Sunday 24th December, 2006


What women need

Online Community
Death Notices
Classified Ads
Jobs in T&T
Contact Us
Privacy Policy



Ingrid Seegobin

Certified Nutritional Practitioner

Despite what others may think, women have special needs. For starters, they need to love and be loved, to create and to express their feelings. Every woman is a special gem that shines in her own specific way. Women also have special nutritional needs.

During their menstruating years, the need to replace lost red blood cells is very high. Women also need adequate amounts of other nutrients such as B vitamins, iodine, calcium, and magnesium. Their needs even tend, at times, to go beyond the recommended daily allowances.

Weighty issues

One of the major concerns for women is that their food intake may be inadequate. Physical activity levels may also be low, and often, there is low calorie intake related to dieting in order to stay slim. This may lead to insufficient nutrient intake and therefore, may not meet nutritional requirements. Women who are very active may also eat lightly to keep their weight in check and this too, can lead to deficiencies.

Some women gain weight very easily and have a difficult time losing it. Low-calorie diets, however, are not a long-term solution. Increased activity levels, with a balanced, moderate caloric intake of vegetables and lean protein may help in reducing weight.

It is important to note however, that the focus should not only be on weight, but also on fat percentage. Excess fat is the main culprit that puts us at high risk for disease. It is always a good idea to have a body composition analysis done, which determines the levels of fat in the body.

Checking the thyroid hormone levels, assessing the caloric intake/utilisation relationship to weight, energy maintenance, activity levels, and integrating them into daily life will be helpful. Multivitamins, particularly B vitamins, such as B6, B12, plus potassium, calcium and magnesium are also helpful. It is suggested that a more naturally derived product be used, so that the body can better utilise the nutrients — synthetics are not as readily used by the body.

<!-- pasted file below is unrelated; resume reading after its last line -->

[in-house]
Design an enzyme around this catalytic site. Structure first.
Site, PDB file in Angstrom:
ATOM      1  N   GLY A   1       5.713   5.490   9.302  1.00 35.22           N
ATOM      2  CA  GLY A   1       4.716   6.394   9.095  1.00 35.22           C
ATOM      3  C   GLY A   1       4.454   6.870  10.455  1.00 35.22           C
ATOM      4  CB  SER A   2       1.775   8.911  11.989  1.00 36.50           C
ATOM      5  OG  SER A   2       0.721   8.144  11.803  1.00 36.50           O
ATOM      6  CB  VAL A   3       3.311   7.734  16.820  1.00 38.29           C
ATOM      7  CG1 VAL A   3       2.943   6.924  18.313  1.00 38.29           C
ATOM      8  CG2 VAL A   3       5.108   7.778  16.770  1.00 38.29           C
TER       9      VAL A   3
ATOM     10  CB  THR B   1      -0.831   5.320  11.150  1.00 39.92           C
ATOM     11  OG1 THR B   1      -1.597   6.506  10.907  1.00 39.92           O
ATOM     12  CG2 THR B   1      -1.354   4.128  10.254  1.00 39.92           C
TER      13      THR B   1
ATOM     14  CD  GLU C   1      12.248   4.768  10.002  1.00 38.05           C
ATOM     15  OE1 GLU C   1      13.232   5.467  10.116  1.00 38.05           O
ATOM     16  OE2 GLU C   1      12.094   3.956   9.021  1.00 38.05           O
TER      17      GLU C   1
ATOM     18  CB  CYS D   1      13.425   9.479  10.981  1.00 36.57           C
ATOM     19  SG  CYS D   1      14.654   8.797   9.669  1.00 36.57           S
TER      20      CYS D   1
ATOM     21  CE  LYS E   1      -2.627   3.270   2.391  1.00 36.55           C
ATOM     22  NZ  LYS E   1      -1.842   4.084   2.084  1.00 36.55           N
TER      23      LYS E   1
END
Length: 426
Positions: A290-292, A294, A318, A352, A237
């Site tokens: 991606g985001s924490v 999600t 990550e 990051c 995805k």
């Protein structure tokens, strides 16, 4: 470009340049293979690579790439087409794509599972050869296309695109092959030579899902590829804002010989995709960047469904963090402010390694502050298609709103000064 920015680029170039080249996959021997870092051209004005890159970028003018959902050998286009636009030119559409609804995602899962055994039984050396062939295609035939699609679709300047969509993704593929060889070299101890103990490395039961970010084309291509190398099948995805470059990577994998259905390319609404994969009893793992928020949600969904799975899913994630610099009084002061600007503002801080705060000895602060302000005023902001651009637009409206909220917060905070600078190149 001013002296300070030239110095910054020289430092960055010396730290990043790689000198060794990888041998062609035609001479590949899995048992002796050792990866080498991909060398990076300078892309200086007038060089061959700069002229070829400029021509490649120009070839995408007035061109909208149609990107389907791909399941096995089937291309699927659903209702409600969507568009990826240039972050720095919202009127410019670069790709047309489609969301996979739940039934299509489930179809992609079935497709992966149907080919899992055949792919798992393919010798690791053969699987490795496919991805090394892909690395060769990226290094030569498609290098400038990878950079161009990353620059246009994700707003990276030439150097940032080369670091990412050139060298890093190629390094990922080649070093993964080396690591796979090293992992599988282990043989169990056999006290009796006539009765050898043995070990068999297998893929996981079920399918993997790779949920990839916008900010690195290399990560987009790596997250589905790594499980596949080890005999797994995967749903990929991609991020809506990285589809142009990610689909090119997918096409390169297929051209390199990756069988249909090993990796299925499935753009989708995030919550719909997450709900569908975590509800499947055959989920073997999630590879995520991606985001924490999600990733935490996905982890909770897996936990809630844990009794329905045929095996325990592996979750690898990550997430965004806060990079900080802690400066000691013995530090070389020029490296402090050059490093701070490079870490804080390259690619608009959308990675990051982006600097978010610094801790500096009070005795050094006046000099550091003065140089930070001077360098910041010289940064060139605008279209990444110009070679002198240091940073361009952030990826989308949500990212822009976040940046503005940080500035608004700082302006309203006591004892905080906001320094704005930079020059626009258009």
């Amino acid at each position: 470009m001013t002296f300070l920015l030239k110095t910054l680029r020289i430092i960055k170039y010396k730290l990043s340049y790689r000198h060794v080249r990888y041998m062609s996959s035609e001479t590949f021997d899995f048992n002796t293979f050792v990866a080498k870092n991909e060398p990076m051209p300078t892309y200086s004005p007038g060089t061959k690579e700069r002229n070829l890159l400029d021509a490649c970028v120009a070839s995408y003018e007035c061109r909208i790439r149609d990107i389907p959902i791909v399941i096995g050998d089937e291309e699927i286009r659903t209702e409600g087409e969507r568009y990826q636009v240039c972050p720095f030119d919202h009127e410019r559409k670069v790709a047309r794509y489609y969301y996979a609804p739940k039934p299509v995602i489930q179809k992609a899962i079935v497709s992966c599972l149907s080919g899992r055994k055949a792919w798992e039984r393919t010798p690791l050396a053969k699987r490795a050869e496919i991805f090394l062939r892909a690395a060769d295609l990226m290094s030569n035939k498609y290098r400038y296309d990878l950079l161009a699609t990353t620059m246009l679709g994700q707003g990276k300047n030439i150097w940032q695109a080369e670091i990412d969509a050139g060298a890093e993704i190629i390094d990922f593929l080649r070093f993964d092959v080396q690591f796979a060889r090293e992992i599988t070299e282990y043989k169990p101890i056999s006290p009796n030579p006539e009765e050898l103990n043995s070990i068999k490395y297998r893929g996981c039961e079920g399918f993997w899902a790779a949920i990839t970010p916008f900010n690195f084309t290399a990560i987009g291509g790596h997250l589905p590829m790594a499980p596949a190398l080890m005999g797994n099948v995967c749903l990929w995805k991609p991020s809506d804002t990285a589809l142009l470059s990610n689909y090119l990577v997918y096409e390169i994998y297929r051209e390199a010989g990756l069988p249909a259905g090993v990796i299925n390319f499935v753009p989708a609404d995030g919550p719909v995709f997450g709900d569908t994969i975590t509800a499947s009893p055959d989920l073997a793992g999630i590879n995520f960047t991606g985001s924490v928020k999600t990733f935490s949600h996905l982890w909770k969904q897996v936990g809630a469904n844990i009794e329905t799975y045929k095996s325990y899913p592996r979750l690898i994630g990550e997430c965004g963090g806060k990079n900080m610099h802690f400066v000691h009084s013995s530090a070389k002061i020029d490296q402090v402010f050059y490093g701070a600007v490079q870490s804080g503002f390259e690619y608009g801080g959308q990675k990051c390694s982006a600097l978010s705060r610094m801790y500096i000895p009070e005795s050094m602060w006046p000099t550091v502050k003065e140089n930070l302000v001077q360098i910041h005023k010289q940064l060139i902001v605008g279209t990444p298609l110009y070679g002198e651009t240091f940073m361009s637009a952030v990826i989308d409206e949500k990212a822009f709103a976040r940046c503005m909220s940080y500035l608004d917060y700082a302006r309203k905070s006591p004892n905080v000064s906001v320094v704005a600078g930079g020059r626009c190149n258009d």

Sexual vitality

Sexual vitality is also very important to women. A number of nutrients are important in supporting the sexual organs, sexual functions, and a normal menstrual cycle.

Adrenal support and function are very important for women as well as for men. The adrenal gland helps us to deal with stress and also gives us sexual energy. Stress, allergies and high amounts of sugar intake can weaken these important glands and this may be exacerbated by nutritional deficiency. The adrenals need adequate levels of vitamins A, C and E, essential fatty acids and B vitamins, particularly panthothenic acid (B5). Chromium and adequate levels of amino acids will also help to reduce sugar cravings and thus help support the adrenals.

Most women do best on a low to moderate calorie diet which includes sufficient protein and vegetables, some whole grains and a few fruits.

Milk products are tolerated by some, but they can cause weight increase. Some low fat or non-fat milks and plain yogurt may be better options for the weight conscious.

Daily exercise

Women also need to exercise and stay fit. Women’s nutritional needs differ from those of men. They need fewer calories, but only slightly less protein and the same amount — or more — of essential nutrients. Women need a nourishing diet of high-quality foods. They require more iron — almost double what men require. Female vegetarians should focus more on getting adequate iron in their diet. Women need a little less magnesium than men, but sometimes require more calcium/magnesium, especially after exercising. An average of 1,500 to 2,500 calories should be consumed. This should come from a diet rich in whole foods and fibre.

As tedious as it may seem, once you begin to make healthier food choices, eat smaller servings and exercise daily for a minimum of 30 minutes, you will not only feel the difference, but you — and others too — will notice!

(This article is not meant to prescribe or diagnose. It is solely for information purposes).

For consultation call: 624-4348 [email protected]

3 Alfredo Street, Woodbrook.

©2003-2004 Trinidad Publishing Company Limited

Designed by: Randall Rajkumar-Maharaj · Updated daily by: Sheahan Farrell